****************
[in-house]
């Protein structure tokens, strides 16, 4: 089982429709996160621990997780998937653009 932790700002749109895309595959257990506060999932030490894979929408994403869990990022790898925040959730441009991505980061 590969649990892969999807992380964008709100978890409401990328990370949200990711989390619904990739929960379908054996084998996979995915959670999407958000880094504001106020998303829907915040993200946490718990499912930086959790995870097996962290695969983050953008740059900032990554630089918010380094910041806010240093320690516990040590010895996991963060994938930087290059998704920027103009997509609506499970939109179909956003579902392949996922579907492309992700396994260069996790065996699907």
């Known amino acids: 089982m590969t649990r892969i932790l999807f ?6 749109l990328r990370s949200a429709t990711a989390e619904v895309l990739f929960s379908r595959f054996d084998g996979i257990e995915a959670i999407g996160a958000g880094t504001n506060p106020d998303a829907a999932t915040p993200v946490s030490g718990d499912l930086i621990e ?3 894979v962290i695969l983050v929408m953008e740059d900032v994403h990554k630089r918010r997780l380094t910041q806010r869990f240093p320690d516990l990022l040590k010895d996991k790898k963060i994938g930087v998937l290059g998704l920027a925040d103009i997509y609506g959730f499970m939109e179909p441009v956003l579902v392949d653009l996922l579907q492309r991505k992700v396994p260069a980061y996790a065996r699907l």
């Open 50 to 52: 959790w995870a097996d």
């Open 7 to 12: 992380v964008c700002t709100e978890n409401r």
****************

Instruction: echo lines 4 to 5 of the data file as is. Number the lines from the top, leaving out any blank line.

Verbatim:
């Open 50 to 52: 959790w995870a097996d």
């Open 7 to 12: 992380v964008c700002t709100e978890n409401r």